Articles | Volume 19, issue 6
Research article
 | Highlight paper
22 Nov 2023
Research article | Highlight paper |  | 22 Nov 2023

Southern Ocean warming and Antarctic ice shelf melting in conditions plausible by late 23rd century in a high-end scenario

Pierre Mathiot and Nicolas C. Jourdain


Interactive discussion

Status: closed

Comment types: AC – author | RC – referee | CC – community | EC – editor | CEC – chief editor | : Report abuse
  • RC1: 'Comment on egusphere-2023-1606', Kaitlin Naughten, 21 Jul 2023
    • AC1: 'Reply on RC1', Pierre Mathiot, 05 Oct 2023
  • RC2: 'Comment on egusphere-2023-1606', Anonymous Referee #2, 26 Jul 2023
    • AC2: 'Reply on RC2', Pierre Mathiot, 05 Oct 2023
  • EC1: 'Comment on egusphere-2023-1606', Karen J. Heywood, 02 Aug 2023

Peer review completion

AR: Author's response | RR: Referee report | ED: Editor decision | EF: Editorial file upload
AR by Pierre Mathiot on behalf of the Authors (05 Oct 2023)  Author's response   Author's tracked changes   Manuscript 
ED: Publish subject to technical corrections (09 Oct 2023) by Karen J. Heywood
AR by Pierre Mathiot on behalf of the Authors (12 Oct 2023)  Manuscript 
Future climate of the Antarctic is a topic of concern to scientists and to the general public, and has implications for global sea level rise. This paper uses an ocean model driven by high-end atmospheric conditions plausible by late 23rd century to highlight what might happen to the Antarctic ice and its surrounding ocean if our emissions of CO2 continue to rise in an extreme way. The model suggests that the future Antarctic continental shelf would be more like the present day Amundsen Sea – warmer and fresher. This would lead to substantial increases in ice shelf melt rates.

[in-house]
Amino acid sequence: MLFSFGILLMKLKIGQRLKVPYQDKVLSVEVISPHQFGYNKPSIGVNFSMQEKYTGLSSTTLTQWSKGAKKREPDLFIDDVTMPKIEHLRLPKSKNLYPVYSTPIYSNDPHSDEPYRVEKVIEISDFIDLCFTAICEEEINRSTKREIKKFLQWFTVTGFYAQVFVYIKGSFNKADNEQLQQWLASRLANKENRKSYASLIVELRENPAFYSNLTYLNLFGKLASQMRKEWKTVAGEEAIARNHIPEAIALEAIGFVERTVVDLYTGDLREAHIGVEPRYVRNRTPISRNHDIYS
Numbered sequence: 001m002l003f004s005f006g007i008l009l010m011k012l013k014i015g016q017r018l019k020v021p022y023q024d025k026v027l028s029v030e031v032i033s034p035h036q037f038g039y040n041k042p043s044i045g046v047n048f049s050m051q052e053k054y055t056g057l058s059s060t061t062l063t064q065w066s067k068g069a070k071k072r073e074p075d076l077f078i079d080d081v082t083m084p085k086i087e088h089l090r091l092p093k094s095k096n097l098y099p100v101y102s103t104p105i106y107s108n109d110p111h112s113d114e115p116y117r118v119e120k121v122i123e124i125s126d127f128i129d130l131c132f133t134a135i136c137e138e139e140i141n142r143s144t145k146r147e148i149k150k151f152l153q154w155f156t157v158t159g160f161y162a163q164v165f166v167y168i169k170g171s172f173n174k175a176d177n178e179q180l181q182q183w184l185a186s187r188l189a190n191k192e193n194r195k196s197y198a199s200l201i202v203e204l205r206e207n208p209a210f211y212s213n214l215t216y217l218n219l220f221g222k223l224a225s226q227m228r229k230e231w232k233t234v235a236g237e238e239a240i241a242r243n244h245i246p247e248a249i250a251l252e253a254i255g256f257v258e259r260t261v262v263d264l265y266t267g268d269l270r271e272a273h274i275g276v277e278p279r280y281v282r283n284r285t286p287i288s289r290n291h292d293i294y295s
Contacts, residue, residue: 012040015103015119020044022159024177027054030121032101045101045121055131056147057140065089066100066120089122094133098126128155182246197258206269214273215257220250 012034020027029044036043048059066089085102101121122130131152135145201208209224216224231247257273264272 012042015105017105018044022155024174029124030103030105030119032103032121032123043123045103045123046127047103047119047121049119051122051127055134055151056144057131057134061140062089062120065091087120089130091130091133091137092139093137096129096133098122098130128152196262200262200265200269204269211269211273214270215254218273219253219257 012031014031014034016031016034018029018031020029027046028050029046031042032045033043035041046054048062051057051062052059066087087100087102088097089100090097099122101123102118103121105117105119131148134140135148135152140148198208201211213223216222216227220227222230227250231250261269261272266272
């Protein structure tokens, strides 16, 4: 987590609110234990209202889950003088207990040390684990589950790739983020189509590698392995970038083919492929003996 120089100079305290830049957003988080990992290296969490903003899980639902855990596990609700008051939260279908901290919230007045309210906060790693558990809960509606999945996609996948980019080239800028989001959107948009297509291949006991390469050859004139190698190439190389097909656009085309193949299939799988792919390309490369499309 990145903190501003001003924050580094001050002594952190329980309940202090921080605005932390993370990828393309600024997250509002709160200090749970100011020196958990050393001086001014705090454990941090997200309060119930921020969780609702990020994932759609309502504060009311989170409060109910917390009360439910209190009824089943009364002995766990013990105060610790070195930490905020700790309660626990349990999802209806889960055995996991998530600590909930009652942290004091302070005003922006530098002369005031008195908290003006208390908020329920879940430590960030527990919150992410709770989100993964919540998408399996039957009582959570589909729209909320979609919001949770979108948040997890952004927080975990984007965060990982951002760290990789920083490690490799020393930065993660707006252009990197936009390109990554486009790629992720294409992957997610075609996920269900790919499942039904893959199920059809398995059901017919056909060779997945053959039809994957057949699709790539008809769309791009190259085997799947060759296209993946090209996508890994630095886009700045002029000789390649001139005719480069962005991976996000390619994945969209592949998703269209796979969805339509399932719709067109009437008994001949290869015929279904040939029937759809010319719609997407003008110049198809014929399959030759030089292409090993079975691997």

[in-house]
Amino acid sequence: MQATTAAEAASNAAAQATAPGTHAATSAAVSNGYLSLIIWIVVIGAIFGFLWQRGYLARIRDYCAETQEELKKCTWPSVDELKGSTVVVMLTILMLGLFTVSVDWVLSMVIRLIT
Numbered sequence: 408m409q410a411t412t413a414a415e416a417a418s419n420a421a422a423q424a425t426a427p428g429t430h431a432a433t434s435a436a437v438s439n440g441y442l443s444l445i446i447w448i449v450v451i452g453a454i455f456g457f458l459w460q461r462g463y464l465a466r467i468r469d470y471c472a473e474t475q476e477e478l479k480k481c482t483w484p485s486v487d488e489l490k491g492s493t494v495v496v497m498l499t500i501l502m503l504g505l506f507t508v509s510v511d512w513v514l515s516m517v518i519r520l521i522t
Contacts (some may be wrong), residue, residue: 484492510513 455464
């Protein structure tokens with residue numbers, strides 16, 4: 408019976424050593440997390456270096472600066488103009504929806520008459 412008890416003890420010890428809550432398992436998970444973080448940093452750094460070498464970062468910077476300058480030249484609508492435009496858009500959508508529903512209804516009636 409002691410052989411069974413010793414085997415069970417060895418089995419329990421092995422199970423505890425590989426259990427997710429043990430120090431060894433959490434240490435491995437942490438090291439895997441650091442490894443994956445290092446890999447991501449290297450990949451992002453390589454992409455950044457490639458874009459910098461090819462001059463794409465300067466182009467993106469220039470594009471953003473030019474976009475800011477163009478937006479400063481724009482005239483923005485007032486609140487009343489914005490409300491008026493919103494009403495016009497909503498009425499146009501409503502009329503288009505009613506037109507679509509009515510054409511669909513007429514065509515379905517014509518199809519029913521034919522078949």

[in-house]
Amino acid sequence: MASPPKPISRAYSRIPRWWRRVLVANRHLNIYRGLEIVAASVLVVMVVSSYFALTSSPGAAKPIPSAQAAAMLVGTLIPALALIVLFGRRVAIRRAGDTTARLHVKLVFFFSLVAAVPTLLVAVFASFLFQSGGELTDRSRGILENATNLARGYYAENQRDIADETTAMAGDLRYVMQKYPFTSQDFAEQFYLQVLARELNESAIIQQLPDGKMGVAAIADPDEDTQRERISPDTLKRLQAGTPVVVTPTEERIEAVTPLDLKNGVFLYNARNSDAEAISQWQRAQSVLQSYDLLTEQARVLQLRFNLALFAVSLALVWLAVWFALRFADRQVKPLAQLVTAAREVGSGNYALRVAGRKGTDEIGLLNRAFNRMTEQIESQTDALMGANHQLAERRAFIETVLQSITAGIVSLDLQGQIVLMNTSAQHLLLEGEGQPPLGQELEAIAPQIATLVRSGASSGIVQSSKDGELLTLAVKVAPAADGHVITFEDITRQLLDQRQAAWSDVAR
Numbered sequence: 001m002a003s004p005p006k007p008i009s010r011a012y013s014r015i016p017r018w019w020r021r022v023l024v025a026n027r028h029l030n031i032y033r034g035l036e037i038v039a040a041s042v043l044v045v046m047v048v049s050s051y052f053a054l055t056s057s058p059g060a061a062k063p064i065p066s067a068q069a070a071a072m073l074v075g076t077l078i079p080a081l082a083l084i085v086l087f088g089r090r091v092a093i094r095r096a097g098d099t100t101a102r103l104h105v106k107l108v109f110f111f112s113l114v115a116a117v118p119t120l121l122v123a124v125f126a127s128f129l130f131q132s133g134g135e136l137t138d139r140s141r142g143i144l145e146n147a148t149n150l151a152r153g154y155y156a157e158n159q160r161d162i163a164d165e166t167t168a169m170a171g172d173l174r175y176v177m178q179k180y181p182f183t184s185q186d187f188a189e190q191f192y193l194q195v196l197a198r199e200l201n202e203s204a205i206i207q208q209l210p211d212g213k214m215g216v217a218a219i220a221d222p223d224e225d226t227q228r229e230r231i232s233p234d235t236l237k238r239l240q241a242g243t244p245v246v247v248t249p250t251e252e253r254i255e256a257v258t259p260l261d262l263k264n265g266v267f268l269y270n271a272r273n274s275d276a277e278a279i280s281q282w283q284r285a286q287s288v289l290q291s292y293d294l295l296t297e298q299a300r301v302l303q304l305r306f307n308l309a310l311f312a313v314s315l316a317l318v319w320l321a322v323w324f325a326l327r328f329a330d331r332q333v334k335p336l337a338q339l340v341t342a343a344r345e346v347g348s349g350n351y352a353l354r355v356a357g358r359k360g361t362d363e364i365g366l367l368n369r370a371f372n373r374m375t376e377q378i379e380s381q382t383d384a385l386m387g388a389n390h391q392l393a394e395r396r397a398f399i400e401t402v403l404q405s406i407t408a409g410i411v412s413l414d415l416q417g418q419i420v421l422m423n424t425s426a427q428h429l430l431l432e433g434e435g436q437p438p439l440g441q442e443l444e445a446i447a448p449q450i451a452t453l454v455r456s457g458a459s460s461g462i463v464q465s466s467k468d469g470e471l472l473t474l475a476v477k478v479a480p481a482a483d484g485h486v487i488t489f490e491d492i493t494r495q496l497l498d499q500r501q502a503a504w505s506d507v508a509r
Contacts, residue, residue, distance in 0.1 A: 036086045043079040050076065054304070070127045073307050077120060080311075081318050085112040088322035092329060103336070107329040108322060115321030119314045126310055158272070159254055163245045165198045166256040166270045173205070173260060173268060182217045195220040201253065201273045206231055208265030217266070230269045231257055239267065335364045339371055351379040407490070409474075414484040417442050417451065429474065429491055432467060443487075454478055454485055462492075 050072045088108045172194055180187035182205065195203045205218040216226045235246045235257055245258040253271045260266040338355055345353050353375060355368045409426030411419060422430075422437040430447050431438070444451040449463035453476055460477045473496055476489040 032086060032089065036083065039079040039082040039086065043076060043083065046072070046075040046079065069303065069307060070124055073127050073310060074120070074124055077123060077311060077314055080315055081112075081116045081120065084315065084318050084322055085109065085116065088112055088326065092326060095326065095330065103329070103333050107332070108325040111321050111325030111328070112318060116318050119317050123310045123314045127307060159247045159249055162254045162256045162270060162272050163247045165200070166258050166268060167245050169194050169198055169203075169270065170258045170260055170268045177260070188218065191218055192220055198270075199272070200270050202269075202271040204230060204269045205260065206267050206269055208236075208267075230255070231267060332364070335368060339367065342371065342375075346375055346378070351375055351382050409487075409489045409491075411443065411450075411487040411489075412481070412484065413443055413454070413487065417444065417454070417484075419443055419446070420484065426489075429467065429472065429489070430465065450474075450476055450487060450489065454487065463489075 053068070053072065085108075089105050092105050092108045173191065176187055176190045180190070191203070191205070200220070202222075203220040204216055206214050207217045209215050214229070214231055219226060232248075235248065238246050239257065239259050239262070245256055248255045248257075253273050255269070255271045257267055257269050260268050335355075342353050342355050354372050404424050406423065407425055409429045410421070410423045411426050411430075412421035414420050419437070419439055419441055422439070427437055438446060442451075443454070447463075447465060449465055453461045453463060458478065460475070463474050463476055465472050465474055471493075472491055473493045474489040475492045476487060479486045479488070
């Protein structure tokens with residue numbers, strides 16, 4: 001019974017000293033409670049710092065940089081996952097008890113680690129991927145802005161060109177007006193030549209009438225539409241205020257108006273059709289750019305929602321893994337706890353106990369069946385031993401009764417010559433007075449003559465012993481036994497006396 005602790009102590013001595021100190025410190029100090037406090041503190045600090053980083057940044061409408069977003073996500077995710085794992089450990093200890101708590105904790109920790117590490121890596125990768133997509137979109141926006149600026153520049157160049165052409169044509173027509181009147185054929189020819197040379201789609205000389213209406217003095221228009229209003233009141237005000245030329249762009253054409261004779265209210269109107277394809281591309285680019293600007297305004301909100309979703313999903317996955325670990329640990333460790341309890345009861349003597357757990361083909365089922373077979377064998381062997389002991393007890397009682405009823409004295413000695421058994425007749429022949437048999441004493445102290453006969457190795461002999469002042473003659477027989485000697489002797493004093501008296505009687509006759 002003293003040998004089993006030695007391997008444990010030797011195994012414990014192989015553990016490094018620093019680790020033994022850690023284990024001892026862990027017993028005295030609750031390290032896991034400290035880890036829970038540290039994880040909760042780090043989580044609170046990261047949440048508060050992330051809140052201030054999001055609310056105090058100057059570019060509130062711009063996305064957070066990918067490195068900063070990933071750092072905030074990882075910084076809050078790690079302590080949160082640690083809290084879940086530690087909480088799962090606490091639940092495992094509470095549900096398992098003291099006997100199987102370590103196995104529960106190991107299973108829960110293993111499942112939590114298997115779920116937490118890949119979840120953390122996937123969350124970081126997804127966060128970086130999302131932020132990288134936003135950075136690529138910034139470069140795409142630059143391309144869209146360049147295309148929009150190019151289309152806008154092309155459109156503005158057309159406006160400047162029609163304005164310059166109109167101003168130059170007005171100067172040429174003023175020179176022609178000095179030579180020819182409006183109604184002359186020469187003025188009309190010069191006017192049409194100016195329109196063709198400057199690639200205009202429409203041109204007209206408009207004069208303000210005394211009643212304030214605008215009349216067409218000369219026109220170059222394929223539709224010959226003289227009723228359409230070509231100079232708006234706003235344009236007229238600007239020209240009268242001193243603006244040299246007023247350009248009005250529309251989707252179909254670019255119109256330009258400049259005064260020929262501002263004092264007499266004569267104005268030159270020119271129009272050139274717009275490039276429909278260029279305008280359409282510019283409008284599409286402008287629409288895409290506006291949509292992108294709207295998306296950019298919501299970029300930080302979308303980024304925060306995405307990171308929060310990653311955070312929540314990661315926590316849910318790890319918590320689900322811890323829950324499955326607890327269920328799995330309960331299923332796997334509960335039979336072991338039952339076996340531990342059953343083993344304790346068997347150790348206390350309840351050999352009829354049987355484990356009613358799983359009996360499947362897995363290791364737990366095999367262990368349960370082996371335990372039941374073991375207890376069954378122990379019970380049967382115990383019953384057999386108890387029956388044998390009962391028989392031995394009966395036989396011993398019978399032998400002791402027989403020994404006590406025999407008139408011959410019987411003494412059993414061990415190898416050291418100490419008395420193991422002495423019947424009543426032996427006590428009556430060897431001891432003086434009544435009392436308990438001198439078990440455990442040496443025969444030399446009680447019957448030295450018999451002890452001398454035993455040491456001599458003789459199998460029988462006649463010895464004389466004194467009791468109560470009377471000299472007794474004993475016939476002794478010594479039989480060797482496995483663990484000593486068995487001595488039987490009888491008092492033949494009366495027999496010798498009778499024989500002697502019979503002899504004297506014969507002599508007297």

Short summary
How much the Antarctic ice shelf basal melt rate can increase in response to global warming remains an open question. To achieve this, we compared an ocean simulation under present-day atmospheric condition to a one under late 23rd century atmospheric conditions. The ocean response to the perturbation includes a decrease in the production of cold dense water and an increased intrusion of warmer water onto the continental shelves. This induces a substantial increase in ice shelf basal melt rates.